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Environmentalists Tout Group Weatherization Before Summer

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Bobby Hight, an auditor with Ardent 360, right, conducts an energy assessment of Steve Cox's home.
Jessica Gould
  Bobby Hight, an auditor with Ardent 360, right, conducts an energy assessment of Steve Cox's home.

In the D.C. neighborhood of Mount Pleasant, a fan is pushing air in and out of a house. Or, as Bobby Hight says, it's money going out the window.

Hight is an auditor with Ardent 360, a construction company that specializes in weatherizations. As temperatures heat up, some environmental activists are urging residents to keep energy use down by weatherizing their homes.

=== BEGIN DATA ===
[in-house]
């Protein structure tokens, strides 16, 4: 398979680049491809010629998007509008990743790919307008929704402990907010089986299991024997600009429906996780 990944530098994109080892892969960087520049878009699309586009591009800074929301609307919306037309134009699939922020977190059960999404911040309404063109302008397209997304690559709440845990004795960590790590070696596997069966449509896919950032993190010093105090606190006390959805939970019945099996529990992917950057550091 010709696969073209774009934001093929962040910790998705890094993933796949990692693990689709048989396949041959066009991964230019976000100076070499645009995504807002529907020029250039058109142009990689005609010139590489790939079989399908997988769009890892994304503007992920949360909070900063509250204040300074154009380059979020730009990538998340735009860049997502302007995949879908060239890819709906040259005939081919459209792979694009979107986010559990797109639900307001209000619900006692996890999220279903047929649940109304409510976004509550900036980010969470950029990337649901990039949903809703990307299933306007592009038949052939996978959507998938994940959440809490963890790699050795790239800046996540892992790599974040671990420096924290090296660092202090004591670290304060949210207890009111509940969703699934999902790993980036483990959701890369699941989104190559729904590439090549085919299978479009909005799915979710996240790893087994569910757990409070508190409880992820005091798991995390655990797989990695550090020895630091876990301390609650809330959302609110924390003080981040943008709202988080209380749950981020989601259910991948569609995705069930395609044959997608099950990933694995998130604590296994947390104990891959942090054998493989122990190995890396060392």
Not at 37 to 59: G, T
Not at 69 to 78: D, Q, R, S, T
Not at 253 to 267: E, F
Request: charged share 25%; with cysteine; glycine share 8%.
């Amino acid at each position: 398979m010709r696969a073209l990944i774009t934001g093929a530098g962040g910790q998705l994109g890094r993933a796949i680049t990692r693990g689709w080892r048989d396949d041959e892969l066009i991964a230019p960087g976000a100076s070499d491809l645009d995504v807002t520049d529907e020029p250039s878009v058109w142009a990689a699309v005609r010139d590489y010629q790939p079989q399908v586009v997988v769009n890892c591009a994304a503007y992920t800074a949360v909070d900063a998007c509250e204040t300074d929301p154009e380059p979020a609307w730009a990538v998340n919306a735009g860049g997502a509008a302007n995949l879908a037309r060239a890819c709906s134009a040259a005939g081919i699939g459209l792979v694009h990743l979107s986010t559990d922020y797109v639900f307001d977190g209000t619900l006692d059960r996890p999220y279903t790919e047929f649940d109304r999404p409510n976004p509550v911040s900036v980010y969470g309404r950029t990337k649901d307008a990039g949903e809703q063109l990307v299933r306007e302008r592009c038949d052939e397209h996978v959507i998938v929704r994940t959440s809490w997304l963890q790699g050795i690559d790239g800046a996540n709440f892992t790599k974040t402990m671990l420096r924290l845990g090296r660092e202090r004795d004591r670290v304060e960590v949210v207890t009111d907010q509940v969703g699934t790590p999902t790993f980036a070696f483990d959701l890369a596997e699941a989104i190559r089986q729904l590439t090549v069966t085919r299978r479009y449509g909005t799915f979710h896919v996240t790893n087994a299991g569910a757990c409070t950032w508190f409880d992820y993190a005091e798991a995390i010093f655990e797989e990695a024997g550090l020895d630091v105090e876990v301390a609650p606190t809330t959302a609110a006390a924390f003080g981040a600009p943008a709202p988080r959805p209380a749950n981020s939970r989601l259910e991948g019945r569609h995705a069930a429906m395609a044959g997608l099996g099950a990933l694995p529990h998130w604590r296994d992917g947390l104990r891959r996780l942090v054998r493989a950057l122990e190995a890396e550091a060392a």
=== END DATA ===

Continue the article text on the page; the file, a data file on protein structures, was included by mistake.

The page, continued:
Right now, Hight is working with resident Steve Cox, whose window is hemorrhaging money. "We're having an audit to identify how leaky this house is to identify where we re losing energy and what we can do about it," Cox says. 

With help from the nonprofit Groundswell, Cox and more than a dozen of his neighbors are banding together for a group weatherization of their homes. Groundswell's Ayla Schlosser says weathering en masse means residents can get a discount from contractors -- and save money in the long run. 

"Not only are you going to help your house feel a little cooler, you're also going to be saving energy and saving money on bills regardless of the season," she says. 

Schlosser says the average home in the D.C. area can save up to 15 to 25 percent in energy use by sealing air leaks, adding insulation or improving ductwork.

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